Current Issue

Apollo to build $685M plant in Europe

Comments Email

GURGAON, India (May 15, 2014) — Apollo Tyres Ltd.’s board of directors has approved an investment of $685 million over four years to build a car and truck tire plant in eastern Europe, but the Indian tire maker has yet to select a site.

The board said it envisions a plant with capacity for 16,000 passenger and 3,000 truck tires a day.

Addressing the issue in the firm’s fiscal 2014 earnings results, Apollo Chairman Onkar S. Kanwar said, “We are aggressively pursuing organic growth opportunities. Considering the increased demand for our tires in Europe, along with capacity constraints in our existing facility in Enschede, the Netherlands, has made us prioritize our investment into a greenfield facility in the region.”

(Apollo Tyres Ltd. photo)
Apollo Chairman Onkar S. Kanwar

Mr. Kanwar said the project would be funded with accruals and debt at its European subsidiary.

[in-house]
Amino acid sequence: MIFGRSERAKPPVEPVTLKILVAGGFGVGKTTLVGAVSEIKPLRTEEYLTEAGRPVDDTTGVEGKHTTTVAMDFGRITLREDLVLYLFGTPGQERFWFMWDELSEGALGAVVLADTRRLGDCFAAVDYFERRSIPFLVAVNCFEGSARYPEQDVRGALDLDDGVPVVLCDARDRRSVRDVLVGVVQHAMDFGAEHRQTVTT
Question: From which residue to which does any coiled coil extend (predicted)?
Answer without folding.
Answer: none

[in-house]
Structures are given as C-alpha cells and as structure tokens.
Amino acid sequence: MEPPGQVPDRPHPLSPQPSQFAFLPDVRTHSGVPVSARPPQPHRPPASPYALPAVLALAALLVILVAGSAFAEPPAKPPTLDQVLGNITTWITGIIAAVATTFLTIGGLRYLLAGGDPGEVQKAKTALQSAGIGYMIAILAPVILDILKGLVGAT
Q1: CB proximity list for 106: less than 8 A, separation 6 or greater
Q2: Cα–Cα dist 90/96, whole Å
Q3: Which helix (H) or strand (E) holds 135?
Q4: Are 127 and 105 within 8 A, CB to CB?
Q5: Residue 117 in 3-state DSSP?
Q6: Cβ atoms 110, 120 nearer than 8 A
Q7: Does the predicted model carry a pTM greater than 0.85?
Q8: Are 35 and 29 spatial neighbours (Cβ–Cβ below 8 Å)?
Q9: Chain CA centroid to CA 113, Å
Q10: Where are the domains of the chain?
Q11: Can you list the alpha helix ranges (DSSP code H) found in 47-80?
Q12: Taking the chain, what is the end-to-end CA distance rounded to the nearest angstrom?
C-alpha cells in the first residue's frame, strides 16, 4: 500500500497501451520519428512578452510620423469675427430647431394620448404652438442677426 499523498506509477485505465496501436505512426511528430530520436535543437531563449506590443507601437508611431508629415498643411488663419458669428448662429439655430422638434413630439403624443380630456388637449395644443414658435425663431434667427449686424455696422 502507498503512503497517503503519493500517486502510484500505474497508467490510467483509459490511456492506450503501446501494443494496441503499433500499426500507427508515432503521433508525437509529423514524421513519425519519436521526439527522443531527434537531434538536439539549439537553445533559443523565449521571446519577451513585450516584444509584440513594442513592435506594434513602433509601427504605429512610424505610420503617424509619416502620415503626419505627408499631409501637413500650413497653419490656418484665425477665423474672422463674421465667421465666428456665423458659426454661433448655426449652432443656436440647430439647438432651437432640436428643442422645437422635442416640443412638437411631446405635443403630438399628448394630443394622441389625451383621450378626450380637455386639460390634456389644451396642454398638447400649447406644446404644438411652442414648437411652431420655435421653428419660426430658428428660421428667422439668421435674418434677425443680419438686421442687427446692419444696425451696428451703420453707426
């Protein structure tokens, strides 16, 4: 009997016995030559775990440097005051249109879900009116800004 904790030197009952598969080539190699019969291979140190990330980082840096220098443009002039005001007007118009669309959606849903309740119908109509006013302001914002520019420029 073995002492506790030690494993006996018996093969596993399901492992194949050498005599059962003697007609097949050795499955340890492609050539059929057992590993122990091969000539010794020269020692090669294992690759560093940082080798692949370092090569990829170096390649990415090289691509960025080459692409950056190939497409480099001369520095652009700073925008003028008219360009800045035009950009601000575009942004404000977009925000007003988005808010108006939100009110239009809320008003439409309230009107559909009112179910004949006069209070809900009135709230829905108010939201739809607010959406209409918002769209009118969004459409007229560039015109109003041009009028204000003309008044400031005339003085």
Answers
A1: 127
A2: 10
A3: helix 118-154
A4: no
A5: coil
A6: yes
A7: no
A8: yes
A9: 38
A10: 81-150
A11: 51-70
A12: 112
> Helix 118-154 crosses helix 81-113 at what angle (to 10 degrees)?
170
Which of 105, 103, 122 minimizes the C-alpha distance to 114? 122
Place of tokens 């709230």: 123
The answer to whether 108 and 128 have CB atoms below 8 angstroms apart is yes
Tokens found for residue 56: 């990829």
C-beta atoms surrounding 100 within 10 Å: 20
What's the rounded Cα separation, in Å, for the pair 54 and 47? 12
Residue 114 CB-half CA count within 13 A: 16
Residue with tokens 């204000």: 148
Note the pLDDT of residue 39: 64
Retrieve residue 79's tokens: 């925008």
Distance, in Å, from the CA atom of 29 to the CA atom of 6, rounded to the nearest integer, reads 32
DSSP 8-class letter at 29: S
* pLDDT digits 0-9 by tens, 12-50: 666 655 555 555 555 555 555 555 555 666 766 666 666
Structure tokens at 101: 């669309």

Apollo studied a similar investment in eastern Europe several years ago and held discussions with Cooper Tire & Rubber Co. prior to a now-defunct proposed merger about a possible joint manufacturing venture in eastern Europe.

Cooper eventually went its own way on that, acquiring the former Trayal plant in Krusevac, Serbia, in 2012.


Europe represents nearly 30 percent of Apollo’s global sales, according to the firm’s recently released fiscal 2014 results. That amounted to $685 million last year.

Apollo moved into Europe seriously in 2009 with its acquisition of Vredestein Banden N.V.

More Polls>

TB Reader Poll

Previous | Published January 28, 2016

Titan International and the United Steelworkers union have petitioned the U.S. International Trade Commission and U.S. Department of Commerce seeking relief from OTR tire imports from China, India and Sri Lanka. What’s your opinion?

I wholeheartedly support their action – something needs to be done.
(36 votes)
I think it’s a bad idea that could inevitably tie the hands of domestic tire makers.
(10 votes)
I oppose any duties against tire importers—they only raise costs for distributors and make it harder to obtain inventory.
(19 votes)
I’m kind of on the fence and not sure what’s right, but need more information before deciding.
(11 votes)
I don’t really care whether or not relief is granted.
(2 votes)
Total votes: 78